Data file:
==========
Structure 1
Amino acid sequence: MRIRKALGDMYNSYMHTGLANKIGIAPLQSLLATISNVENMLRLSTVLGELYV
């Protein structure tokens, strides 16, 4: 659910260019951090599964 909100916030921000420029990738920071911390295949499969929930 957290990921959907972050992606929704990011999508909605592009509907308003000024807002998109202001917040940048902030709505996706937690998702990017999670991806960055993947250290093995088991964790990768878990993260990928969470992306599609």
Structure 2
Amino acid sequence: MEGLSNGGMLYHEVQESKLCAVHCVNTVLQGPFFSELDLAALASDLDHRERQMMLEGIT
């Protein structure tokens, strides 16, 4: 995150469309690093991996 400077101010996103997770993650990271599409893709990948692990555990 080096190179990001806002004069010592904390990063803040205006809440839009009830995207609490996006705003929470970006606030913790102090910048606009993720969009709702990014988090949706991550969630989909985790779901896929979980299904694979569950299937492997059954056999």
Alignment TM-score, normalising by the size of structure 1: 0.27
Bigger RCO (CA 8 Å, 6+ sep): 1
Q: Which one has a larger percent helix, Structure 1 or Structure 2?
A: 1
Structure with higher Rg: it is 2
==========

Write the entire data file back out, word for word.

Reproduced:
Structure 1
Amino acid sequence: MRIRKALGDMYNSYMHTGLANKIGIAPLQSLLATISNVENMLRLSTVLGELYV
């Protein structure tokens, strides 16, 4: 659910260019951090599964 909100916030921000420029990738920071911390295949499969929930 957290990921959907972050992606929704990011999508909605592009509907308003000024807002998109202001917040940048902030709505996706937690998702990017999670991806960055993947250290093995088991964790990768878990993260990928969470992306599609």
Structure 2
Amino acid sequence: MEGLSNGGMLYHEVQESKLCAVHCVNTVLQGPFFSELDLAALASDLDHRERQMMLEGIT
């Protein structure tokens, strides 16, 4: 995150469309690093991996 400077101010996103997770993650990271599409893709990948692990555990 080096190179990001806002004069010592904390990063803040205006809440839009009830995207609490996006705003929470970006606030913790102090910048606009993720969009709702990014988090949706991550969630989909985790779901896929979980299904694979569950299937492997059954056999």
Alignment TM-score, normalising by the size of structure 1: 0.27
Bigger RCO (CA 8 Å, 6+ sep): 1
Q: Which one has a larger percent helix, Structure 1 or Structure 2?
A: 1
Structure with higher Rg: it is 2